On view December 21, 2000 through February 18, 2001 at the Portland Museum of Art, Will Barnet: A Timeless World is a comprehensive retrospective exhibition which features outstanding works from all phases of the renowned painter-printmaker Will Barnet's prolific career. Will Barnet: A Timeless World includes more than 50 of the beloved American artist's paintings, prints, and works on paper from the 1920s through the 1990s. A Timeless World provides a unique opportunity to examine Barnet's career, and his finest works, as a comprehensive continuum, indicative of his ongoing search for classic structure. The exhibition includes the striking expressionist woodcut Early Morning, 1939, one of Barnet's best known works from the 1930s, featuring his awakening wife, The two versions of Barnet's Cubist masterpiece Old Man, Afternoon, 1947, will be exhibited together for the first time, as well as Creation, 1954-55, and Janus and the White Vertebra, 1955, representative of the period when Barnet was a leading member of the Indian Space Painters and American Abstract Artists. (left: Cave, 1953, oil on canvas, 36 x 48 inches, Collection of the Neuberger Museum of Art, Purchase College, SUNY, Gift of Henry Pearson)
Representing the vital aesthetic connection between his abstract and realist work, Mother and Child, 1961, and Woman Reading, 1965, will also be on display.
A scholarly catalogue, the first substantial publication to survey Barnet's entire career within an extensive critical and art historical context accompany the exhibition. Catalogue essays cover Barnet's career from several perspectives. Gall Stavitsky provides an overview of Barnet's career, drawing upon new and unpublished material, including interviews with the artist, the artist's archives and notes on his work, and a doctoral dissertation by Peter Barnet, the artist's son. Stavitsky also examines Barnet's work within the context of a substantial, largely overlooked body of criticism by such leading critics as Harold Rosenberg, Dorothy Seckler, and Gordon Brown, and illuminates Barnet's contributions as a leading American printmaker. An essay by Twig Johnson, MAM's Curator of Native American Art, discuss the relationship of Barnet's work to Native American Art. Jessica Nicoll, Portland Museum of Art's Chief Curator, examines the profound impact of Maine and New England upon Barnet and his work. The catalogue will be for sale in the Museum Shop. (left: Ruth Bowman, 1967, oil on canvas, 45 x 33 3/4 inches, Lent by The Metropolitan Museum of Art , Gift of Ruth and R. Wallace Bowman, 1998)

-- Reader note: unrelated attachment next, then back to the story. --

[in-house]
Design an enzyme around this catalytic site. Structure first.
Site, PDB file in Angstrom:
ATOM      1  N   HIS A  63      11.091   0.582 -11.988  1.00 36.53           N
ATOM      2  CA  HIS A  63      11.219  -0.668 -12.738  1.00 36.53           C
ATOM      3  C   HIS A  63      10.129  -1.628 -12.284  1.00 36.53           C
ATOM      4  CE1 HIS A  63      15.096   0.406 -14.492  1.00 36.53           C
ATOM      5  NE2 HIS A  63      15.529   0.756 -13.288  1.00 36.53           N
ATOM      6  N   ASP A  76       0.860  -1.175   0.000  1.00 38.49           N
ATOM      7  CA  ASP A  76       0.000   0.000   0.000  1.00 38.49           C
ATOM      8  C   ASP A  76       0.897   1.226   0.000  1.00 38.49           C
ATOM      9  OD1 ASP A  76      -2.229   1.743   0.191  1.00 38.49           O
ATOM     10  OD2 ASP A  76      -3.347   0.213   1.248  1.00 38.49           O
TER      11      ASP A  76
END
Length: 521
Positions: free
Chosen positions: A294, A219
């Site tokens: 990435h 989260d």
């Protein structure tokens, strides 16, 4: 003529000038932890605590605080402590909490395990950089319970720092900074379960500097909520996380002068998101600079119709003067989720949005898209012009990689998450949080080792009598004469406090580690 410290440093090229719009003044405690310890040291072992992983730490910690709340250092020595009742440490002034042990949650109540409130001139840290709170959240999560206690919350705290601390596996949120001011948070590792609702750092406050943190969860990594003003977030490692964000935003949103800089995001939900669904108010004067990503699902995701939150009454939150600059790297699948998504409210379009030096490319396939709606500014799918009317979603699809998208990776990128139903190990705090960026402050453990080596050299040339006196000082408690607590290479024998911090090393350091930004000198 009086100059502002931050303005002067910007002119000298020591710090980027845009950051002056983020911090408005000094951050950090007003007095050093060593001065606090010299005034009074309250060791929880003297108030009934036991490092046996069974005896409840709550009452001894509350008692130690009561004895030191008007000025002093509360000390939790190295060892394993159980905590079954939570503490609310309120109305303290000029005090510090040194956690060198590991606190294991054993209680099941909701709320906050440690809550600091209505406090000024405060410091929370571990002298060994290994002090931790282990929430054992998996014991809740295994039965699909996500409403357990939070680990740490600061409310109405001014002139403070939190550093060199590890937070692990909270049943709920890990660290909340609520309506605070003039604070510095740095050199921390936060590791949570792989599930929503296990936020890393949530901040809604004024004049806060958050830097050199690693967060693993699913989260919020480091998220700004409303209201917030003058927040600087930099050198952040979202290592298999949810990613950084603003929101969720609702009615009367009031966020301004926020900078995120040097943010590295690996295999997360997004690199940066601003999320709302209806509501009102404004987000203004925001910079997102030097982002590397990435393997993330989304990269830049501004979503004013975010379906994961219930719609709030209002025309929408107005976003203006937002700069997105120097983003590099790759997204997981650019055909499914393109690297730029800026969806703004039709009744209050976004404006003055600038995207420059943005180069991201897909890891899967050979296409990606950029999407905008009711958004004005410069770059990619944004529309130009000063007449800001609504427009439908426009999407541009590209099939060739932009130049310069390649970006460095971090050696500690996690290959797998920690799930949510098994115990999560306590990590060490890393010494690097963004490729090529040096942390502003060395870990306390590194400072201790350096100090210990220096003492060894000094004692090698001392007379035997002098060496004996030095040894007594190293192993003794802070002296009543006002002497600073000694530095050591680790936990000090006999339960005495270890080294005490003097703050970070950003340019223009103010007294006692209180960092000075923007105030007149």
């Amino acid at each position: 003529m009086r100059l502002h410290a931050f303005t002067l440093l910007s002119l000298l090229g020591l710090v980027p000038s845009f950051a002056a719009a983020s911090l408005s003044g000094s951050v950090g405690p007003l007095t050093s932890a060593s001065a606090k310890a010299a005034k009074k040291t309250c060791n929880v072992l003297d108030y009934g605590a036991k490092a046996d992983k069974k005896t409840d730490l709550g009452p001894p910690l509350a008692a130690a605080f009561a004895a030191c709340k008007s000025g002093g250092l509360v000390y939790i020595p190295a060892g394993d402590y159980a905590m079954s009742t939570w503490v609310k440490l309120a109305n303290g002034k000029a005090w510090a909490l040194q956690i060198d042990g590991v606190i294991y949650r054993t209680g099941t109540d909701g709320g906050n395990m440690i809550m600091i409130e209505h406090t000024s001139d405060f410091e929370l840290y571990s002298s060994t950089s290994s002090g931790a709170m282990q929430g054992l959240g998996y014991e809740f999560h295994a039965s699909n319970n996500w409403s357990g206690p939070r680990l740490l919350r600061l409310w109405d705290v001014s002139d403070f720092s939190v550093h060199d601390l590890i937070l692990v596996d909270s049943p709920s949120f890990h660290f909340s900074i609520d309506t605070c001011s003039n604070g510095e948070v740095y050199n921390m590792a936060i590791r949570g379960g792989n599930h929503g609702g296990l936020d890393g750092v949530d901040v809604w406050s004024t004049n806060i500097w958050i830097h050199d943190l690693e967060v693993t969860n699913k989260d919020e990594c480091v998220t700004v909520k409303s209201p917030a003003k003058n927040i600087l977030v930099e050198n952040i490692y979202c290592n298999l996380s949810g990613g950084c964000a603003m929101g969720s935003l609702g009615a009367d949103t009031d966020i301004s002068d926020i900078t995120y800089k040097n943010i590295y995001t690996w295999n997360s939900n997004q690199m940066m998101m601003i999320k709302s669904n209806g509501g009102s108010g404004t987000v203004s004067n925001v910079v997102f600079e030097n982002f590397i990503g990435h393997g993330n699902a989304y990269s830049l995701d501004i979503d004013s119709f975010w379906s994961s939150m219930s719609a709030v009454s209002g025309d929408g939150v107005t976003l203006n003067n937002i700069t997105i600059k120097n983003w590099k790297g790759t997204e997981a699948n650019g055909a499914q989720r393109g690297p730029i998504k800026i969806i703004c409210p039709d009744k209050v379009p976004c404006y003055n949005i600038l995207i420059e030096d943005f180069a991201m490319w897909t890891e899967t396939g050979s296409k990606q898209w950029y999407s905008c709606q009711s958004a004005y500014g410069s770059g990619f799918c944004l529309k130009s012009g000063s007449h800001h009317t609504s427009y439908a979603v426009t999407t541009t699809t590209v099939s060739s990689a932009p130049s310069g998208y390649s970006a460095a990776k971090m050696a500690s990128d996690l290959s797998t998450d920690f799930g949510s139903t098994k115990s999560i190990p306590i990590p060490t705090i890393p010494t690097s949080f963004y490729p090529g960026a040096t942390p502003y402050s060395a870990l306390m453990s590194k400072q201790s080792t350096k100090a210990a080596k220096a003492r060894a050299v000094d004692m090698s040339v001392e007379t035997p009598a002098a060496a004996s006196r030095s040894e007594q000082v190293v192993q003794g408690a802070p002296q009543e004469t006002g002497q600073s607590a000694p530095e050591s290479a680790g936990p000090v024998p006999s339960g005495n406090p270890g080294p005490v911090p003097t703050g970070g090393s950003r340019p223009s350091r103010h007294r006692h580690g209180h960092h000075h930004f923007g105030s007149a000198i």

The tour for Will Barnet: A Timeless World is as follows: The Montclair Art Museum , May I4-August 20, 2000; Boca Raton Museum of Art, September 20-November 5, 2000; Portland Museum of Art, December 21, 2000-February 18, 2001; and Arkansas Art Center , March 22-June 3, 2001.
Generous support for Will Barnet: A Timeless World and the accompanying catalogue has been provided by the Abby and Mitch Leigh Foundation, Frank and Katherine Martucci, and Phillipe Alexandre, a director of Tibor de Nagy Gallery.
See our prior article on Will Barnet: A Timeless World (9/21/00)